When Will They Stop Killing Us?: On Tamir Rice And Being Black In America

I want a horoscope that tells me when they’ll stop killing us, when justice will stop being a joke the powerful pretend to tell, when I’ll stop thinking my partner might have been killed by police just because he’s 20 minutes late.

Every night I get my horoscope sent to my mailbox. I don’t read it anymore. It doesn’t warn me about yet another grand jury verdict, another killing, another police officer free to murder black people in their sleep/home/car/hallway/doorway. It doesn’t tell me if my partner will come back home to me tomorrow or if my little brother will get pulled over for driving while black on his way home. I wonder what a black justice horoscope would tell me. I need a black lives matter cosmos instead.

Yesterday Tamir Rice’s killer, Timothy Loehmann, went free. A child playing with a toy in the park was killed by someone who claims to enforce the laws of the land, and no one will be punished. He did nothing wrong, the authorities say. A man who shot a child and left him to bleed to death alone in the snow did nothing wrong. There will be no justice in this system. Not for him. Not for Aiyana, or Michael, or Rekia, or Eric, or Tarika, or Amadou.

A few years ago, during hurricane Sandy, a white man used a gun to threaten a black mother trying to escape rising flood waters with her two babies in her arms. He told her he would kill her if she didn’t get off his porch. She held them until she couldn’t anymore, the waters sweeping them away. Her babies, ages 4 and 2, drowned. No one else would help her search for them. The man who let two children die in the middle of a storm insisted he had done no wrong. No charges, no crimes. An article says she “tries to keep upbeat.”

If one had hours, they could listen to me tell all the stories that run, like an unrelenting stream, in the back of my mind. I keep vigil for them. The 8-year-old black boy shot in the face by a white man on his birthday. The black men killed by a white neighbor as one proudly showed off his new property. Another white neighbor who aimed at and shot a 13-year-old boy as he took out the trash in front of his house. A teenager killed by an irate off-duty cop carrying an illegal gun as she walked by with friends. New York police officers raping a black immigrant with a plunger in a police precinct bathroom.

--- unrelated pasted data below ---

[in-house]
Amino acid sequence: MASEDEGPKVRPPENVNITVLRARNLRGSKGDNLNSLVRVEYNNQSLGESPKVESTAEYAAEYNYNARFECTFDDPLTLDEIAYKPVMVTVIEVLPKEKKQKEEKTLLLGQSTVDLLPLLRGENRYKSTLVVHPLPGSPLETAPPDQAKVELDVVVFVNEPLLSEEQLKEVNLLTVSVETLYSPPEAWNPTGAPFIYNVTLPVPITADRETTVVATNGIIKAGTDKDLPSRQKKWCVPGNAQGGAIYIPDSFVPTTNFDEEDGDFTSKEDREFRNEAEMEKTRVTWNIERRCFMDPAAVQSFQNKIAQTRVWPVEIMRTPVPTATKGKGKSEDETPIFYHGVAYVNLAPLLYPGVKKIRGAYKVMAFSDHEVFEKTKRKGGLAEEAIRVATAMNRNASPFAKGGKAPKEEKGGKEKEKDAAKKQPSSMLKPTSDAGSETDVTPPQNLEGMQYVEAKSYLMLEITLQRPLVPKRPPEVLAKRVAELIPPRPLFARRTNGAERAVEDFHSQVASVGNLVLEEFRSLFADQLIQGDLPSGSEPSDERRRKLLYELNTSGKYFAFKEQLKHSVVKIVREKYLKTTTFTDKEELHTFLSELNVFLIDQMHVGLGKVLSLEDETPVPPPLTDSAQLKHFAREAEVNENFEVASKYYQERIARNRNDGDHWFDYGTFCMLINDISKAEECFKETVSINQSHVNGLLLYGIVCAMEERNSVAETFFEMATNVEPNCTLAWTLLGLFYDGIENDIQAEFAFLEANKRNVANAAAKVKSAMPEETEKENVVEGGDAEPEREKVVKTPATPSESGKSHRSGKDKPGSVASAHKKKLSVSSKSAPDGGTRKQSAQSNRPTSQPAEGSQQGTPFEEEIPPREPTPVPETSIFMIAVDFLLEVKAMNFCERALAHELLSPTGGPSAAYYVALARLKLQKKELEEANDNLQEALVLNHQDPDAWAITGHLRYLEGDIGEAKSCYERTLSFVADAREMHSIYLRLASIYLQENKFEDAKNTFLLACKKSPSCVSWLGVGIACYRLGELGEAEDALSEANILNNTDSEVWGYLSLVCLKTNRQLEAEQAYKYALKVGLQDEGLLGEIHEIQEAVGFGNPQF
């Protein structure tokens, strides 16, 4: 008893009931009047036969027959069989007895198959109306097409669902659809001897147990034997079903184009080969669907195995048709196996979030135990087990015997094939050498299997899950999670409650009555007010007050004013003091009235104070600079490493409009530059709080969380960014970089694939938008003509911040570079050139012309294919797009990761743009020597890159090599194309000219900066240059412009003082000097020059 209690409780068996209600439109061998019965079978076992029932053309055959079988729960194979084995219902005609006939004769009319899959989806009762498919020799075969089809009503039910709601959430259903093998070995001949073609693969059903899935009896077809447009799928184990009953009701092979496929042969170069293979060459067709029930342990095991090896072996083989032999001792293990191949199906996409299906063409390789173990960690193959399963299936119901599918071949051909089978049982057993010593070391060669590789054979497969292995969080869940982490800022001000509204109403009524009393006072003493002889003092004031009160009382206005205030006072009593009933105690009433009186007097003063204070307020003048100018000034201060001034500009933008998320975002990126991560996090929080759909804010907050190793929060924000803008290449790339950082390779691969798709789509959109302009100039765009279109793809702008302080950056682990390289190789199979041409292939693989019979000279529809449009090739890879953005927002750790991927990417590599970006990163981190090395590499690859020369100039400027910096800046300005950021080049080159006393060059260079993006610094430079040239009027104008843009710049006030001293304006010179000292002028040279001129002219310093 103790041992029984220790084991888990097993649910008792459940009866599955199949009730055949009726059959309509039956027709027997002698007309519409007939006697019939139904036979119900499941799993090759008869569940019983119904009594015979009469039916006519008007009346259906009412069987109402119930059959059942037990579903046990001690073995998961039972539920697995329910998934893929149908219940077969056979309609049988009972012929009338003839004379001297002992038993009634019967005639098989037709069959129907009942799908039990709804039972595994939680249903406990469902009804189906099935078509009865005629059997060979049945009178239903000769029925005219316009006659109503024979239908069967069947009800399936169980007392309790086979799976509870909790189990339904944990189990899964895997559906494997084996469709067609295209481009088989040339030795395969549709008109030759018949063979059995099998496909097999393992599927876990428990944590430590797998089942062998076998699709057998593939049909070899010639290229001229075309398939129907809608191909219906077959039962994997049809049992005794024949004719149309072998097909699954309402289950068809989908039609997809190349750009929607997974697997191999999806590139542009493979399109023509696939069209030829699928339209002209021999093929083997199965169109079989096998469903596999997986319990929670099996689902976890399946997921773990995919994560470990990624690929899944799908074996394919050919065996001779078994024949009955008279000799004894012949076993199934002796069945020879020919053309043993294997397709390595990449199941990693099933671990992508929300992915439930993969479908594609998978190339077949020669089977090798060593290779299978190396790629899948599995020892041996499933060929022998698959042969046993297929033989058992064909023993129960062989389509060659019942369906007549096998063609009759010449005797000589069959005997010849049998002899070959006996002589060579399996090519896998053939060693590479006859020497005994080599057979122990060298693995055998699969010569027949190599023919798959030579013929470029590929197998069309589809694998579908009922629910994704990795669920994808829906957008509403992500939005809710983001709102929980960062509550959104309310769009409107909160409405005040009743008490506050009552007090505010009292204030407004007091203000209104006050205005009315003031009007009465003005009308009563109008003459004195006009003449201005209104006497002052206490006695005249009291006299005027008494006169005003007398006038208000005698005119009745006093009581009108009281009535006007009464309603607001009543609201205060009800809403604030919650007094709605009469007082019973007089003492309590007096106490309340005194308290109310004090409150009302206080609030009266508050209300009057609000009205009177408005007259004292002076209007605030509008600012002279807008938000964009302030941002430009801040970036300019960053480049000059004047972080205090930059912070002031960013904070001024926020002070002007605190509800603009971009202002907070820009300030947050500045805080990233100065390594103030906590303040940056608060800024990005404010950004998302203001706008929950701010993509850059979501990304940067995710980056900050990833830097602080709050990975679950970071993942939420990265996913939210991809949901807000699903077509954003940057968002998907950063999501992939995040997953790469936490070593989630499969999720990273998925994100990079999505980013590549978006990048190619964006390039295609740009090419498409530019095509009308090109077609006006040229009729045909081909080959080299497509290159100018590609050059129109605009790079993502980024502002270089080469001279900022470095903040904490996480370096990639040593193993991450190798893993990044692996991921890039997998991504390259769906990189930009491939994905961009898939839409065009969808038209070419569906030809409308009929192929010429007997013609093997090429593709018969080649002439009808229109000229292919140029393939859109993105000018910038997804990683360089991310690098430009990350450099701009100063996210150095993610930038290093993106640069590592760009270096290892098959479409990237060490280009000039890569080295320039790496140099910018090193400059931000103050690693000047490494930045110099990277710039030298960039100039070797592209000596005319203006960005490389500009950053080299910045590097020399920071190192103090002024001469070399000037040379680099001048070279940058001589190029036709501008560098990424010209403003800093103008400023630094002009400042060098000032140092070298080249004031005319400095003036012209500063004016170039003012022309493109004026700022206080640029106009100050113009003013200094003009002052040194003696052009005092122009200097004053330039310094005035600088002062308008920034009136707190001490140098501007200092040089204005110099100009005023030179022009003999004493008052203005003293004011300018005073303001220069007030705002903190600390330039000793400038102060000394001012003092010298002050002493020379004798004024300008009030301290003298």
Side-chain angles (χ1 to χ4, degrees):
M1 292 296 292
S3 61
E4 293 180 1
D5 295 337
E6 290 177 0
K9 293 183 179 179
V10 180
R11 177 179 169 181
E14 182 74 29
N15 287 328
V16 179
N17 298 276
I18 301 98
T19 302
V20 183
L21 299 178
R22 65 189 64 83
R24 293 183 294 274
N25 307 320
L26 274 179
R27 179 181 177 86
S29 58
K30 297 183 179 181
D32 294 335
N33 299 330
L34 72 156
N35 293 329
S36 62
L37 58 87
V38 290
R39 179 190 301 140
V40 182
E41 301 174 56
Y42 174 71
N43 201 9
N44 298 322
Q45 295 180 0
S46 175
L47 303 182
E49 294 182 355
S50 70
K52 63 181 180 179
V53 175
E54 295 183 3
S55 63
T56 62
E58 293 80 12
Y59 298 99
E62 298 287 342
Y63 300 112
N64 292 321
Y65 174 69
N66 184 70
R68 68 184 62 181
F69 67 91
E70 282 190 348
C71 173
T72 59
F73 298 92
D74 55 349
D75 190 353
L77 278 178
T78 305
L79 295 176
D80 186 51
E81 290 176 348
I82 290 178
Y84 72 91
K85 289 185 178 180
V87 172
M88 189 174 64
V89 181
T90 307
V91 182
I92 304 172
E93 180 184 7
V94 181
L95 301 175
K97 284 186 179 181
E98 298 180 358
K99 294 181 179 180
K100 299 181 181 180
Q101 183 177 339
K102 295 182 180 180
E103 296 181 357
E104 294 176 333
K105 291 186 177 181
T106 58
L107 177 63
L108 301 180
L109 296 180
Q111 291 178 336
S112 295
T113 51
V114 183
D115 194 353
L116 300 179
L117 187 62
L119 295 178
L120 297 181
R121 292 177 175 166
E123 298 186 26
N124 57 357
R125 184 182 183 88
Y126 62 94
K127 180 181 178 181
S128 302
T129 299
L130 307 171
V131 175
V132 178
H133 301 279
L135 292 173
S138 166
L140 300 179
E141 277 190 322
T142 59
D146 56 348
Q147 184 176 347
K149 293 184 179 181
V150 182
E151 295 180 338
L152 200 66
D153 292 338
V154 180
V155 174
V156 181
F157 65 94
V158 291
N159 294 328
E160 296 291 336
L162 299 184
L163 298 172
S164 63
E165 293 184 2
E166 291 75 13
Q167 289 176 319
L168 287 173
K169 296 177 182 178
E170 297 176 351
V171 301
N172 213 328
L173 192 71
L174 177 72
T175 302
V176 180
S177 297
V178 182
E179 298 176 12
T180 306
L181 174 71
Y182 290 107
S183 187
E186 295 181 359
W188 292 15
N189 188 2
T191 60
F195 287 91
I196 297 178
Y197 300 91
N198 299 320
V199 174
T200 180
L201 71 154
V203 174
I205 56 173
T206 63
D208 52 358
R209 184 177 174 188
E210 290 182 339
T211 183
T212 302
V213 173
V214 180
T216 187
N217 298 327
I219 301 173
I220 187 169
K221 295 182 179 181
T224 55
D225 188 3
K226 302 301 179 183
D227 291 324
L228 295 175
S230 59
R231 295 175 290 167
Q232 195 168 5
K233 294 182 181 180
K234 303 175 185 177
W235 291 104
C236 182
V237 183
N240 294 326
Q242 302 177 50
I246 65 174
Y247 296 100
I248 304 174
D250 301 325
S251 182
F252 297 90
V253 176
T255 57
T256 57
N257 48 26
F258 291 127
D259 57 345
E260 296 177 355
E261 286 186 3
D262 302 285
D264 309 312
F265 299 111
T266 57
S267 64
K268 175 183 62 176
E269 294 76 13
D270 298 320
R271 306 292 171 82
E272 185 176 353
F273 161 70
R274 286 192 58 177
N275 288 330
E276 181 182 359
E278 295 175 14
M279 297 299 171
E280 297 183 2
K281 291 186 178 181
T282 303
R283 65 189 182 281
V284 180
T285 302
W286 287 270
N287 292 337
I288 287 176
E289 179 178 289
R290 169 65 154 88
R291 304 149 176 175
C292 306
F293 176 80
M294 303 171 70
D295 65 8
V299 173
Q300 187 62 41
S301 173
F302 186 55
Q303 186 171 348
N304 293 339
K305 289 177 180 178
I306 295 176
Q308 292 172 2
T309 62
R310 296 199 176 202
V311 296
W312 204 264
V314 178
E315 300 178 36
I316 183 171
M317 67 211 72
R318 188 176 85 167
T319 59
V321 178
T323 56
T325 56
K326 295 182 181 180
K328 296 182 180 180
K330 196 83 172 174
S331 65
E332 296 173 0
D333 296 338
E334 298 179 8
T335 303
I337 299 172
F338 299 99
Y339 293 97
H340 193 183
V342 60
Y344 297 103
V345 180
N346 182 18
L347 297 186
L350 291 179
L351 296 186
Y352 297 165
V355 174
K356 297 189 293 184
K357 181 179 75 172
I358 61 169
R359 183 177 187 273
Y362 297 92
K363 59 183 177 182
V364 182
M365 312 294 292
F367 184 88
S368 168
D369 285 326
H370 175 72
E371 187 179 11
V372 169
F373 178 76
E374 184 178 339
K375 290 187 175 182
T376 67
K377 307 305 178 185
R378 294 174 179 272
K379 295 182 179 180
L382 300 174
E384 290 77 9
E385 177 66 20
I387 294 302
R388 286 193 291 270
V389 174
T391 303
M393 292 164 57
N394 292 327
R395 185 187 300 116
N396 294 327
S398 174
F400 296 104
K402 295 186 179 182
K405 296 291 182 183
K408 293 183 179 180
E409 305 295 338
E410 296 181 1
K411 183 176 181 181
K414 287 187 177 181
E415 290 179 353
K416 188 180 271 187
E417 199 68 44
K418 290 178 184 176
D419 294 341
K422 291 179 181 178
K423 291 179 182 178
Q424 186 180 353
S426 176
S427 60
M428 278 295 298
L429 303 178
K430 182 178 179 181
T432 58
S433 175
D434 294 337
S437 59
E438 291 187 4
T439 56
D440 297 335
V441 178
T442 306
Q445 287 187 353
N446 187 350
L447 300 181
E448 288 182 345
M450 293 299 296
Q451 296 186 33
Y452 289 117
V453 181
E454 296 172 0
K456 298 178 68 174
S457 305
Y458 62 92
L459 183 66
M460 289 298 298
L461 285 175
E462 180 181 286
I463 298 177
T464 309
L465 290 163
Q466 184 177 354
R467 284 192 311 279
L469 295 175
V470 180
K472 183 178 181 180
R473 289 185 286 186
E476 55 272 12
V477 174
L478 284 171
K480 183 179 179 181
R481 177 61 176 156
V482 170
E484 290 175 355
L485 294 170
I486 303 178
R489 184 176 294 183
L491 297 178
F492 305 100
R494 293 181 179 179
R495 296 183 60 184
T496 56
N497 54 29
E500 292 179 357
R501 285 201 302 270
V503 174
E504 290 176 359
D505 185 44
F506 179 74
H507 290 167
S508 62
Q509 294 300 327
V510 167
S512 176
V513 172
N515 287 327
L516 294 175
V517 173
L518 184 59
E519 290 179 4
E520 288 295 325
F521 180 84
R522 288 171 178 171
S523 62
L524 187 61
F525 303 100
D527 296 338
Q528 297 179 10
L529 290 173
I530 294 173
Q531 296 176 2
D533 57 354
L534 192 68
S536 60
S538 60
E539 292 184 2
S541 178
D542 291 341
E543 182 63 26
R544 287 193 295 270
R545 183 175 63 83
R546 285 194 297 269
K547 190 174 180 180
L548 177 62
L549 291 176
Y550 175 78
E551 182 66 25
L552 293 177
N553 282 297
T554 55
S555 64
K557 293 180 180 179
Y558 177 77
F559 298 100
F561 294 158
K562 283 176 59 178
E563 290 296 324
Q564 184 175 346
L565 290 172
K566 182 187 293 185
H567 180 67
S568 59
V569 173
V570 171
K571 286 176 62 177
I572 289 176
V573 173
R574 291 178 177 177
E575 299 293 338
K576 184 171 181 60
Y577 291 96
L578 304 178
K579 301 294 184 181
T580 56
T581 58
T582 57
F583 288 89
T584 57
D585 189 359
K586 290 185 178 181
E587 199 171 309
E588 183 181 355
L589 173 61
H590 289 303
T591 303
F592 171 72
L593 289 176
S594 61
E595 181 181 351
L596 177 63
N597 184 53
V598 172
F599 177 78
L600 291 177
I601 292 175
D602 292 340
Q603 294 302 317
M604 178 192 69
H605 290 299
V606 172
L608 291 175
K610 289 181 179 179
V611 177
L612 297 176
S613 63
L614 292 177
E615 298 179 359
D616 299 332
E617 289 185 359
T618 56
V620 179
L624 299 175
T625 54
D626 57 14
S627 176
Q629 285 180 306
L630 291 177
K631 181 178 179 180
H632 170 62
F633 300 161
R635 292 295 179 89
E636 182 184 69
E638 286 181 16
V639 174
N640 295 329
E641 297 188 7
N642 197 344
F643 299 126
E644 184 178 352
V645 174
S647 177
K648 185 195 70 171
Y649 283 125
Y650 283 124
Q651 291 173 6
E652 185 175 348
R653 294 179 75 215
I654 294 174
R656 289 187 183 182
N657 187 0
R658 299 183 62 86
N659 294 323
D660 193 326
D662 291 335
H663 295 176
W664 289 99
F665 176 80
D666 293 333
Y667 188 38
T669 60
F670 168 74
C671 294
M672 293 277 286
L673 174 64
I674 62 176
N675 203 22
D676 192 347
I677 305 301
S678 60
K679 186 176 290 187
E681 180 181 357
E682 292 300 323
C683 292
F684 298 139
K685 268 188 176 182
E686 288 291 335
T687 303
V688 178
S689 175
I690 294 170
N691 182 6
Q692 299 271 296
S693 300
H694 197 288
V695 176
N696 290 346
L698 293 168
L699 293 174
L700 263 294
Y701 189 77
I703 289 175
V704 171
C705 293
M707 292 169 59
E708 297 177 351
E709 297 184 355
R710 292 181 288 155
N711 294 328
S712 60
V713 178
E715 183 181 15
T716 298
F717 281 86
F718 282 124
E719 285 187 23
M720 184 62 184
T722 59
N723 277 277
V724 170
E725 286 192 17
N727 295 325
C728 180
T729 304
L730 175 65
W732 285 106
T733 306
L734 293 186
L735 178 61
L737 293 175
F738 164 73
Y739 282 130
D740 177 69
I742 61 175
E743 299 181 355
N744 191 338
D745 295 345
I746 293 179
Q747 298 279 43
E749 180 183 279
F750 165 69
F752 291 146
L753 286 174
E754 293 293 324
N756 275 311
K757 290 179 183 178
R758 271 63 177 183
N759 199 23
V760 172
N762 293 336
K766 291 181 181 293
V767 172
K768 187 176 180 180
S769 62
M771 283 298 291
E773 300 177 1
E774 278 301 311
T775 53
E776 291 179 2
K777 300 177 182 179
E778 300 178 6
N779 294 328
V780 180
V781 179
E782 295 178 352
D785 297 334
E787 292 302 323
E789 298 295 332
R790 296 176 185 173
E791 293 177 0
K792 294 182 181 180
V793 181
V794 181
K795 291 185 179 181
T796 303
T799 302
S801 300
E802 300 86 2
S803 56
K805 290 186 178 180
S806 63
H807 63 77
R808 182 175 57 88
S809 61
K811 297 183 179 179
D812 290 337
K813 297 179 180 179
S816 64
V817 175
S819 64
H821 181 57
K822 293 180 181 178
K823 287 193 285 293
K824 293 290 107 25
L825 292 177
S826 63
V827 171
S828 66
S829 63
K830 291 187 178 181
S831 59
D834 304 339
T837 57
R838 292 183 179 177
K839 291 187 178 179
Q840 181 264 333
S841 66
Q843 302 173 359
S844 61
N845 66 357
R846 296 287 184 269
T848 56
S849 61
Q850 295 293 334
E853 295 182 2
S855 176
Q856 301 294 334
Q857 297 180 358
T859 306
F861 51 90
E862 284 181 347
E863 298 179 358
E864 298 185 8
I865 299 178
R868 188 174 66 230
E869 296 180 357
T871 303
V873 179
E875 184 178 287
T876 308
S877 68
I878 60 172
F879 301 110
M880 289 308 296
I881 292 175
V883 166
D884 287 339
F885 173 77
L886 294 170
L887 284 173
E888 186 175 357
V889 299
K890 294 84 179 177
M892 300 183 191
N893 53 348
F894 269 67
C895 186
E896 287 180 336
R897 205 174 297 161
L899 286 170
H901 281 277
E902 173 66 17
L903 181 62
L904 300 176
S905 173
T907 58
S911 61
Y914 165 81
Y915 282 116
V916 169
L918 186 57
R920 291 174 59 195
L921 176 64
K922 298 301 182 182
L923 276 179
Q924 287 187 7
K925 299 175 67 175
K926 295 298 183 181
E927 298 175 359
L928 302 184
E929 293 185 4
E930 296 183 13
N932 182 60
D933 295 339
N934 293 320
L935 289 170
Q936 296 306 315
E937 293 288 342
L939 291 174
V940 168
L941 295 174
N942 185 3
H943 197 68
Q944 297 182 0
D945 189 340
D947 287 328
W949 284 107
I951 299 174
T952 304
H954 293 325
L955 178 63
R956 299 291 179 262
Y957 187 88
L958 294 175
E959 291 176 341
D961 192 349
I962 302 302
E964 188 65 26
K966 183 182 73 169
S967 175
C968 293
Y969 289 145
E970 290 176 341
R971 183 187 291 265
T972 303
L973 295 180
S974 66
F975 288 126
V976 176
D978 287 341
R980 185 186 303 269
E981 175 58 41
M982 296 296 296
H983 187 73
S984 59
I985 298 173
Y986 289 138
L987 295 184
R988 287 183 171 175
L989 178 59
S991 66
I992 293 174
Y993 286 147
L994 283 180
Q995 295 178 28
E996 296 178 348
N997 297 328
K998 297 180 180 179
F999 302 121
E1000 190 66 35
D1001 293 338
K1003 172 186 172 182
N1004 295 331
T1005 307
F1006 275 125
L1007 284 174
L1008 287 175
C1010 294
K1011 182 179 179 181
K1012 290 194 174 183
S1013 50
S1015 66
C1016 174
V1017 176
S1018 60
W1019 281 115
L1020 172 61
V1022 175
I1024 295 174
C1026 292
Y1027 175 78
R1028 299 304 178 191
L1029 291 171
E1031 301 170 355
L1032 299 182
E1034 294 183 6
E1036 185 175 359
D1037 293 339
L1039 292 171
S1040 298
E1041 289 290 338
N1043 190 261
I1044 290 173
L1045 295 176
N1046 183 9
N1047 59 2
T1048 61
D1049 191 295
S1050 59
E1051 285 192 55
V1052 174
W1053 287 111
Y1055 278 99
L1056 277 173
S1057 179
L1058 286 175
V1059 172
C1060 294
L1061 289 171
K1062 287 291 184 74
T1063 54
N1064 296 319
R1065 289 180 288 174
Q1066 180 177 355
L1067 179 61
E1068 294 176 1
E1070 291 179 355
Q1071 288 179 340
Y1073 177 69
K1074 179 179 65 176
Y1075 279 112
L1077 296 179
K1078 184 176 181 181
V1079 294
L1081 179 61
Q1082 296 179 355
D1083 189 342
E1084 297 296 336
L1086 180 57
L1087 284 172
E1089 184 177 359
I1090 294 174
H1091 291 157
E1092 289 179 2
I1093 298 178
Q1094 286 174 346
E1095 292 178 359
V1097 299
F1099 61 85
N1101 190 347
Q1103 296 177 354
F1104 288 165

I could tell you all the horror that I could never have predicted seeing in my lifetime, all the stories I’ve collected and hold so that I don’t forget them. I’m not sure why—what does it comfort me to know these things? How does it make it any easier to mourn strangers so that their deaths weren’t in vain?

I try to imagine what my ancestors did, if they just lived day to day as slaves, if they rebelled, if they prayed, how they survived. My people hail from South Carolina and Florida at least five generations back, and so I know that I am the descendant of many enslaved people. And I wonder how they got through the terror of it all. I wonder if my genes carry secrets that my fortunes won’t tell.

Last spring, I went to a sugar plantation in Puerto Rico. My tour guide described children losing limbs in machines that ground sugar that would sweeten colonial food. He said that in order for slaves to complain about their treatment, they had to escape the plantation. And if somehow they managed to survive that, they would still lose their cases before colonial courts for lack of proof. You can’t win in a system that wants you to lose.

I no longer read my horoscope because my past, present, and future are tied up in the names I carry with me everywhere, the faces I recount as I fall asleep at night or make a sandwich in the middle of the day—Tamir, Sean, Renisha, Yvette, Miriam, Kimani, Jonathan, Patrick, Sandra, Oscar. A photo of Trayvon hangs on my refrigerator. I feel guilty that I did not save them even though I know it is impossible. I wonder why superheroes aren’t real when we so clearly need them.

I want a horoscope that tells me when they’ll stop killing us, when justice will stop being a joke the powerful pretend to tell, when I’ll stop thinking my partner might have been killed by police just because he’s 20 minutes late. I want an astrologer to tell me when my people will be free.

Last night, I lay in the arms of the man I share my life with. He’s handsome, tall, and has dark brown skin exactly like mine. I told him I loved him. I told him I didn’t know what I would do if I lost him. And then I cried. I mourn for him even when he’s next to me. I prepare myself for sudden loss in hopes that if it ever occurs, I will not lose my mind.

I don’t have any use for fortune tellers. They never tell me what I need to hear, no predictions about when this country will ever do right by people they stole, displaced, enslaved, violated, and left ravaged. It won’t tell me how I’ll get through my work tomorrow with Tamir on my mind. If I’m lucky, I’ll get a few hours of sleep tonight. And tomorrow I’ll push on, not knowing what will come.

Khadijah Costley White is an assistant professor in the Department of Journalism and Media Studies at Rutgers University in New Brunswick. Find her on Twitter here.

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